The government's plan to open more sectors to foreign investors by revising the 2016 Negative Investment List (DNI) is indeed a bold measure in the run-up to the presidential and legislative elections next April, since electoral campaigns tend to raise the ugly head of inordinately strong nationalistic sentiment. Foreign investment is actually good for Indonesia.
Indonesia need more foreign investment in several sectors, notably in higher learning institutions, transportation and logistics services and various segments of higher added value manufacturing industries, such as rubber processing, to expand our export capacity.
It is simply a coincidence that China observes this year the 40th anniversary of its reform and opening-up policy, which within 30 years has transformed the country into the world's second-largest economic powerhouse.
The strongest driver of China's rapid growth was its bold decision in 1978 to open up its economy through special economic zones, which attracted a huge wave of FDI because the rules and regulations in these zones became more flexible and liberal than the rest of the mainland.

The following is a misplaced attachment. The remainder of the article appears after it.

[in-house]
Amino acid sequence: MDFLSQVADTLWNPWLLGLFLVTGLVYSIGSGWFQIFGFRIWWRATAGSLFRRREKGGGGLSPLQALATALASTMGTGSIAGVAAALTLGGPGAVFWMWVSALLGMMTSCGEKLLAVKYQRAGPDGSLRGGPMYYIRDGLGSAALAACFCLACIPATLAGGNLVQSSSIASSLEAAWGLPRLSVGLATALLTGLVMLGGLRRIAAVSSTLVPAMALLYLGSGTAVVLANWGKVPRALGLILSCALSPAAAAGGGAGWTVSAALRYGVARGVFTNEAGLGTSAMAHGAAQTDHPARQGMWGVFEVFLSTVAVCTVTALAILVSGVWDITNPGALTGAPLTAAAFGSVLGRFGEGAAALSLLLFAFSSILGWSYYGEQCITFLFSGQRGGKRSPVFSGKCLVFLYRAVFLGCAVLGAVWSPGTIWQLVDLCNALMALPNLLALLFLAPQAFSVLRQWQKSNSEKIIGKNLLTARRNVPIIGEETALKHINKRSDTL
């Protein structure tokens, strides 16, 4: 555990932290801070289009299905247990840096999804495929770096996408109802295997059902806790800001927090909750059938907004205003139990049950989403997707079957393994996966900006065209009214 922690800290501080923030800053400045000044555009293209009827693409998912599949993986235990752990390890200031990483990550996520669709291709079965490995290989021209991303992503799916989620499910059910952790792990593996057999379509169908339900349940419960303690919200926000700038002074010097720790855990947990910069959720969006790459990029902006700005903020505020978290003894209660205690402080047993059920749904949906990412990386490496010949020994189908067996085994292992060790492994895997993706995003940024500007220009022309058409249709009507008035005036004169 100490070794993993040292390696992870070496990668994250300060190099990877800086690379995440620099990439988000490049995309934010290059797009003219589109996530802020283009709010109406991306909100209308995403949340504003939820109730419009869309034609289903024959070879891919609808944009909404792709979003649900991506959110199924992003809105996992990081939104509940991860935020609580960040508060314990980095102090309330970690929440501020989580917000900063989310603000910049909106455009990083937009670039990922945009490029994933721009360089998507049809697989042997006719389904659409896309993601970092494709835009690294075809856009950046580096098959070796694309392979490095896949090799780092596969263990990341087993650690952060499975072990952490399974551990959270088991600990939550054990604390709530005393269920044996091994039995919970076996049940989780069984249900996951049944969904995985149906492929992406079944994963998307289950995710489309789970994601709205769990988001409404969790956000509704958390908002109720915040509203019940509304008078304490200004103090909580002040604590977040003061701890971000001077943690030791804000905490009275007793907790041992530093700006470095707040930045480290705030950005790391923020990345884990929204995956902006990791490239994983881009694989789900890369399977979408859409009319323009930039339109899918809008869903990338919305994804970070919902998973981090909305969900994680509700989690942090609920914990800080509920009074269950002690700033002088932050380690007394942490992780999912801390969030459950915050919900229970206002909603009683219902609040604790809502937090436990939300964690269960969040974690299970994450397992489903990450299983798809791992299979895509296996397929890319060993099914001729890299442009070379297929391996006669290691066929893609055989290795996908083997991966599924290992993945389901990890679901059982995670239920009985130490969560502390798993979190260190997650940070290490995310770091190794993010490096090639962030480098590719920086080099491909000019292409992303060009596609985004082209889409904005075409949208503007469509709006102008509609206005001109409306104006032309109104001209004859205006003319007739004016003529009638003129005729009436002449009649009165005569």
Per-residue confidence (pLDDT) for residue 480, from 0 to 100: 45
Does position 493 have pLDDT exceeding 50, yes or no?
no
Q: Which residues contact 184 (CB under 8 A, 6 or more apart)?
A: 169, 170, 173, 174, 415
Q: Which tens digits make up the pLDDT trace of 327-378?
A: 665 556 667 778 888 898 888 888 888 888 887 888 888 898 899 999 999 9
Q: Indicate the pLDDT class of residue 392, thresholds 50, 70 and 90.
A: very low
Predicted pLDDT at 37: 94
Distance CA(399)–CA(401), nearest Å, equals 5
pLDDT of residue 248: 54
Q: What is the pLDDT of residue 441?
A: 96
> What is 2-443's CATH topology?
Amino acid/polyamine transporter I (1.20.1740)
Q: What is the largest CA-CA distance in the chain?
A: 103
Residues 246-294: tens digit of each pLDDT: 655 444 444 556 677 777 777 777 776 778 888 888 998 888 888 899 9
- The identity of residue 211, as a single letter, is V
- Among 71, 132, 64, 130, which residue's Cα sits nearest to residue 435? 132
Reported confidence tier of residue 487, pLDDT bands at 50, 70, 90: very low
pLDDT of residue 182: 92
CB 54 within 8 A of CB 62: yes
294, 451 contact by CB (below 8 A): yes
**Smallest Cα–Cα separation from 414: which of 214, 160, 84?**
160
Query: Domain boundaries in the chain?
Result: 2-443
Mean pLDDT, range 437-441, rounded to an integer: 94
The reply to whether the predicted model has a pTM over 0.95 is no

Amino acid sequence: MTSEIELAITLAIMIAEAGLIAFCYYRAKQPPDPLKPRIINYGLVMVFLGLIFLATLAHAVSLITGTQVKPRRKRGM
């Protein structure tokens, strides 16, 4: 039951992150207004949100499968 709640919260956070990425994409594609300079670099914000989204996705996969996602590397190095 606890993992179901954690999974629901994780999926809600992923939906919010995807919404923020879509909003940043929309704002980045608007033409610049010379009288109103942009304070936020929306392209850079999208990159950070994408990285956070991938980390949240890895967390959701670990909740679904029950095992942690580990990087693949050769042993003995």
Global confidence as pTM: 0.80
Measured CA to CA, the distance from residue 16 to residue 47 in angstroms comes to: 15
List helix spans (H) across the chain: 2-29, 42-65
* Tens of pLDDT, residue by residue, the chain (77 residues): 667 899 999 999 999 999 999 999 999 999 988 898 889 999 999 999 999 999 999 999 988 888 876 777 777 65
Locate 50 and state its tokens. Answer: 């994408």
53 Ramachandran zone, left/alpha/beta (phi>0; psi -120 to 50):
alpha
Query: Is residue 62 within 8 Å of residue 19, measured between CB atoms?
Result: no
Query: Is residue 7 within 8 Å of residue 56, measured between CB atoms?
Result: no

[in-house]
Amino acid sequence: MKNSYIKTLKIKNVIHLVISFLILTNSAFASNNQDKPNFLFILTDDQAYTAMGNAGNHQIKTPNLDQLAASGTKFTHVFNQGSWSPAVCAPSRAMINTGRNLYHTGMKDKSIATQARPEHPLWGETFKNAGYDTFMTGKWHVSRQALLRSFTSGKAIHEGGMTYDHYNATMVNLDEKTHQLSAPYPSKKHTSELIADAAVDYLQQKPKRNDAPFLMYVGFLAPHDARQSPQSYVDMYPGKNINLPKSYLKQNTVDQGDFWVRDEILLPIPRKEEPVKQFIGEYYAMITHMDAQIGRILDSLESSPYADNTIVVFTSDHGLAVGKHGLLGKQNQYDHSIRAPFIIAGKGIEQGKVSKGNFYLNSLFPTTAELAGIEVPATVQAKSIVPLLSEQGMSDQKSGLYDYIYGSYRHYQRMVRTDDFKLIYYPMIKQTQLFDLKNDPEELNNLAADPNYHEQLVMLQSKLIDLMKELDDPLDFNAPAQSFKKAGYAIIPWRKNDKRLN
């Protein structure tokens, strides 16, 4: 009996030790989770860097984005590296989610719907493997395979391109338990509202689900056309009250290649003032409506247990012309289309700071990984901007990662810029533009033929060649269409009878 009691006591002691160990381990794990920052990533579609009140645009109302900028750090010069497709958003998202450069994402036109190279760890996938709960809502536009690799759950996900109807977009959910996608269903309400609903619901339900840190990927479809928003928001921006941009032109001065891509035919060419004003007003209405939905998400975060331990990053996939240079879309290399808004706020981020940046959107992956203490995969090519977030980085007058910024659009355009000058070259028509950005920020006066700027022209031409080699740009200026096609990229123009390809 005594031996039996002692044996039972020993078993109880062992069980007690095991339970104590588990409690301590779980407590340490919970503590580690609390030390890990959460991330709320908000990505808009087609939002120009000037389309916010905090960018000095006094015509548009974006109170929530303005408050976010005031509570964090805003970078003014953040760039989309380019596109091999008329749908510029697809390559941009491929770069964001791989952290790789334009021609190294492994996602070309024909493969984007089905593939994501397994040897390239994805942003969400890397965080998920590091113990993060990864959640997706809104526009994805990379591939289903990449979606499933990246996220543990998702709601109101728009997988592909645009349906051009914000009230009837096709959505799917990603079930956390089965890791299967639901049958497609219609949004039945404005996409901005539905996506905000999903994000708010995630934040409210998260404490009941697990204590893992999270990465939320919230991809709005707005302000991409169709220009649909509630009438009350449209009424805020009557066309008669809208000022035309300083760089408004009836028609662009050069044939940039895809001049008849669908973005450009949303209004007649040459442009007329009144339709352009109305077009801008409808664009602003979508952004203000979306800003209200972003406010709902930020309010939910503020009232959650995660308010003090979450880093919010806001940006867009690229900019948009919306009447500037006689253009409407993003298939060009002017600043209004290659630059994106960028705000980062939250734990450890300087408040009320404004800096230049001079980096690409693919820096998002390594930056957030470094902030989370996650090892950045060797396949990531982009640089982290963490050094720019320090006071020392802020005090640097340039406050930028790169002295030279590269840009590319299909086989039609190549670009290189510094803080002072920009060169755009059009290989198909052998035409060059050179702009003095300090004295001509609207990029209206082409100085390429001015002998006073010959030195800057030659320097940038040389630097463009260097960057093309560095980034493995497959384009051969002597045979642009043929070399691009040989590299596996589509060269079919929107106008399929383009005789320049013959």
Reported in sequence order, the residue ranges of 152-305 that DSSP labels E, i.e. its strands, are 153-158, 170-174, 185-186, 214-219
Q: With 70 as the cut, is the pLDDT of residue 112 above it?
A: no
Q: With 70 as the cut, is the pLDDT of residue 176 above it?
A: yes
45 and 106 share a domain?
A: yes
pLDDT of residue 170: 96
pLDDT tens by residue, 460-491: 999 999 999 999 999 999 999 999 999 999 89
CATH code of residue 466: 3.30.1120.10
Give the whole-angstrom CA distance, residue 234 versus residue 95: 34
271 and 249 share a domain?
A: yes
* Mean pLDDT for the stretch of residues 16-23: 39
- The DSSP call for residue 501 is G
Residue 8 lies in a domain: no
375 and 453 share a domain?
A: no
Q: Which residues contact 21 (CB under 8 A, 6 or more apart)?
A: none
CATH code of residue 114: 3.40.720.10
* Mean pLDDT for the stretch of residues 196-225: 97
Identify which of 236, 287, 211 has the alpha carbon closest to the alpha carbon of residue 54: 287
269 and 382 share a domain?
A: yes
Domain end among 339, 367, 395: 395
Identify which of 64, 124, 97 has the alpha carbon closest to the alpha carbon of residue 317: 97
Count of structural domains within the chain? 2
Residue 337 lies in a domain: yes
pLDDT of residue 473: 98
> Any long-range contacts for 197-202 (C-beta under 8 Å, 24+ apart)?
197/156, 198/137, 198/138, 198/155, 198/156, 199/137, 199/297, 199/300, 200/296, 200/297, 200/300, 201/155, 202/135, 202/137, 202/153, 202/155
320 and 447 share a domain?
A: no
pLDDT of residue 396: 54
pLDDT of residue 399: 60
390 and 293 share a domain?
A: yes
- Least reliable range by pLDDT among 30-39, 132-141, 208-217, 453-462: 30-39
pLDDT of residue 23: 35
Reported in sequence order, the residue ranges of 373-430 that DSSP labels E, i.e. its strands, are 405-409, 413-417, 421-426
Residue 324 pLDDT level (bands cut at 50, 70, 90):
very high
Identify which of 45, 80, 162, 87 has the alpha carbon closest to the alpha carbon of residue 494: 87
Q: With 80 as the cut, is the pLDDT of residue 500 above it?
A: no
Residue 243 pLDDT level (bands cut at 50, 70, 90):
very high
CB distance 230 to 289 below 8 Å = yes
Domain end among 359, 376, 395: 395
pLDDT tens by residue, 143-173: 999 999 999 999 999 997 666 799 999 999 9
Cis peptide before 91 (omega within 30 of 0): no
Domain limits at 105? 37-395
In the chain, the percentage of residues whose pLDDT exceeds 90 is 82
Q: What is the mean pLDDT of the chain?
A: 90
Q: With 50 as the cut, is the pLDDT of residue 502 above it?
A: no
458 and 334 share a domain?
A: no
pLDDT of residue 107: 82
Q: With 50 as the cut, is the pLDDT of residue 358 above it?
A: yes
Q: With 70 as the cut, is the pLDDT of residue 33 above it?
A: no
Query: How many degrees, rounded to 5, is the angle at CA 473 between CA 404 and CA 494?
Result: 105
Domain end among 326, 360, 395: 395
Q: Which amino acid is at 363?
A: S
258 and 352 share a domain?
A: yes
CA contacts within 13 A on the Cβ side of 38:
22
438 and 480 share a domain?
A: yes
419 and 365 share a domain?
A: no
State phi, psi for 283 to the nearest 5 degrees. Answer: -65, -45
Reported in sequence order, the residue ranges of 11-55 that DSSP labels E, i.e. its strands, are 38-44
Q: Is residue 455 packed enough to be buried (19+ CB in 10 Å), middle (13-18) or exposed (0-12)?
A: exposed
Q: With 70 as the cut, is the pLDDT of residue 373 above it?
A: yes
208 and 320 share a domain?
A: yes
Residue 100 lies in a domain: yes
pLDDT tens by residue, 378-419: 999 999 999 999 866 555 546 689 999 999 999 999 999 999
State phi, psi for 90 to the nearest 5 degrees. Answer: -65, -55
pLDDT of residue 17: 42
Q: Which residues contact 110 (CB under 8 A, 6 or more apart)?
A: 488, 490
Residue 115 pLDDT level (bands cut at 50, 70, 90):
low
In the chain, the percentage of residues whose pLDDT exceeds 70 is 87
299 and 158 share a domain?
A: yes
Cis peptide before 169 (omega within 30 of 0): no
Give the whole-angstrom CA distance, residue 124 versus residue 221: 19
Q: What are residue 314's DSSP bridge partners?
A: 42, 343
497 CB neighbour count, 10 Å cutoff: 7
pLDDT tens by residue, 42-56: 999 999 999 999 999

Chinese experiences, which have been validated by many international researches, have shown that joint ventures with companies from advanced countries, under proper regulatory arrangements by the host government, have transferred technology, expertise and good corporate governance practices to indigenous firms.
In fact, most Indonesian businesses have become high-growth companies by banking their capability in internalising FDI spillovers - through both linkages and demonstration channels. Foreign investment is actually good for Indonesia.
(source: The Jakarta Post/The Strait Times)